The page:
The heavenly calling
In a sermon on the heavenly calling from Revelation 17:14 Beddome closes thus
1. It is personal and particular. The general call is to all that come under the sound of the gospel: this singles out the very person, and speaks to him, as it were, by name, —" Zaccheus, come down;" "Saul, Saul, why persecutest thou me?" The former is drawing the bow at a venture; the latter directs the arrow to the mark. The one is directed to the ear, the other to the heart. Ministers stand at the door and knock; the Spirit comes with his key, and opens the door. "I have called thee by name - thou art mine."
2. It is a secret call; it is perceptible in its effects, but not in itself. This is beautifully illustrated by that saying of our Saviour, "The wind bloweth where it listeth, and thou hearest the sound thereof, but canst not tell whence it cometh, nor whither it goeth; so is every one that is born of the Spirit." Saul's companions heard a sound of words, but knew not what was spoken. The outward walk, the moral and religious conduct of the saint, are conspicuous to all; but the principles from which he acts, and the motives by which he is influenced, are known only to God and his own soul; in which sense the apostle might say, "As unknown, and yet well known." How different this call from that in the last day, when the angel commissioned for that purpose will say, in the hearing of all the world, "Arise, ye dead, and come to judgement!"
3. It is always successful. Many other calls are not so, even where God himself is the speaker; for he "speaketh once, yea, twice, but man regardeth it not." But when he speaks with a design that we should hear and obey, that design is never frustrated. All the power, policy, and malice of earth and hell, cannot obstruct the operations of his grace, which, as they are sovereign and free, so they are irresistible; so that the enlightened sinner may say, with Job, "Call thou, and I will answer:" and as this call admits of no resistance, so it admits of no delay. "Immediately," says the apostle, "I conferred not with flesh and blood." He speaks, and it is done; .he commands, and it stands fast.
4. As it is effectual, so it is irrevocable. As the gifts, so the calling, of God is without repentance. God never repents that he has been the author of the change effected by his calling, nor the sinner, that he has been the subject of it. God is said to repent that he gave man a being, but never that he gave him grace. The exertion of his power towards his people is so far from creating any regret, either in him or them, that they both rejoice. There is joy both in the repenting sinner, and in heaven over him; and it is not likely that that should be revoked which gives such universal satisfaction. As it is happy for the sinner that his state is alterable, it is equally so for the saint that his is not so. A child of the devil may become a child of God; but a child of God shall never become a child of the devil again. The divine principle shall never be lost; but it shall, in the believer, be "a well of water, springing up to everlasting life." It came from heaven, and it will never leave the soul till it is brought thither.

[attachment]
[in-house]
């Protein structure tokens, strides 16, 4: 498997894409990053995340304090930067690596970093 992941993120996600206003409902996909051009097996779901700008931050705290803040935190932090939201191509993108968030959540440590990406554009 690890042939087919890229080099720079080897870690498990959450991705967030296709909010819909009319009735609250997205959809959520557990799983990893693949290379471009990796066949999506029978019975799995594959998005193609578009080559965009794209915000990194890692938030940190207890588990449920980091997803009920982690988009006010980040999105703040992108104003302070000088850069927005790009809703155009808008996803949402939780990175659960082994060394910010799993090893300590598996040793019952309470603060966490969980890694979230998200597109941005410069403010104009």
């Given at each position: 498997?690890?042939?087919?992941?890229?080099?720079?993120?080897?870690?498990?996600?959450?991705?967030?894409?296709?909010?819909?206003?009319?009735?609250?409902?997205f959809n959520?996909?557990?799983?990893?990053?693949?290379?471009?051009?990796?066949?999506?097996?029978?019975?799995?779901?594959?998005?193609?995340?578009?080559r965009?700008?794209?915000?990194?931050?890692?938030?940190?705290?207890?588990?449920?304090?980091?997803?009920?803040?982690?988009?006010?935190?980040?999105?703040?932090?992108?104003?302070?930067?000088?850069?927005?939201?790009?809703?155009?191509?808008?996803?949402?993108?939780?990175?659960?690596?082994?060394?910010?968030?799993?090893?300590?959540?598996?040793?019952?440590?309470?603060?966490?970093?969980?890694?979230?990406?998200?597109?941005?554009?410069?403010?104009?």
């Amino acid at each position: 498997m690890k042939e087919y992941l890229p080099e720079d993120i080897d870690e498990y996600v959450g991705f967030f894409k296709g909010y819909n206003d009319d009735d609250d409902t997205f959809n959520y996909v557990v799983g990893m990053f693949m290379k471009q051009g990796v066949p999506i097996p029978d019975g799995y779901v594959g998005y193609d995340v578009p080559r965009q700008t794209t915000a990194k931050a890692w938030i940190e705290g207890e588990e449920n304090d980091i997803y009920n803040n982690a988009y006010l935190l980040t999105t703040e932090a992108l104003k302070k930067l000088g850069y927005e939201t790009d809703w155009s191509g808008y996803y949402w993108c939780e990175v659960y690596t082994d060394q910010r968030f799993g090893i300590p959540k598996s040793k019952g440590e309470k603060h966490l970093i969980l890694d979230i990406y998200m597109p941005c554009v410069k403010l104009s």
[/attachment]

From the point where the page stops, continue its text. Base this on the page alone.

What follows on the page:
Let us apply this subject, by inquiring whether we have been thus called. This is the great thing necessary to internal sanctification and all real religion. Here God's work upon us begins, and here begins our working for God. Let us then sit down to examine this matter; much, nay, all, depends upon it. No grace, no glory; - if we are not called, we shall not be crowned. Well might the apostle give that advice: "Give all diligence to make your calling and election sure." We can only know that our names are written in heaven by God's law being written in our hearts.
Let the saints especially, who are God's called ones, learn,
1 To be humble. Whatever they do for Christ is the fruit of what he has done for and in them; they have no reason to be puffed up with their best performances, for they have nothing but what they have received. The evil that is in them is from themselves, the good from God.
2 To be thankful. "I will bless the Lord," saith David, "who hath given me counsel;" those that are the subjects of God's grace should be the trumpeters of his praise. [ocr errors]
3 To be fruitful. Let not the grace bestowed upon you be received in vain; not only bring forth fruit, but show forth the high praises of Him that called you out of darkness into his marvellous light. Walk worthy of your vocation, my friends, and "as He that hath called you is holy, so be ye holy in all manner of conversation."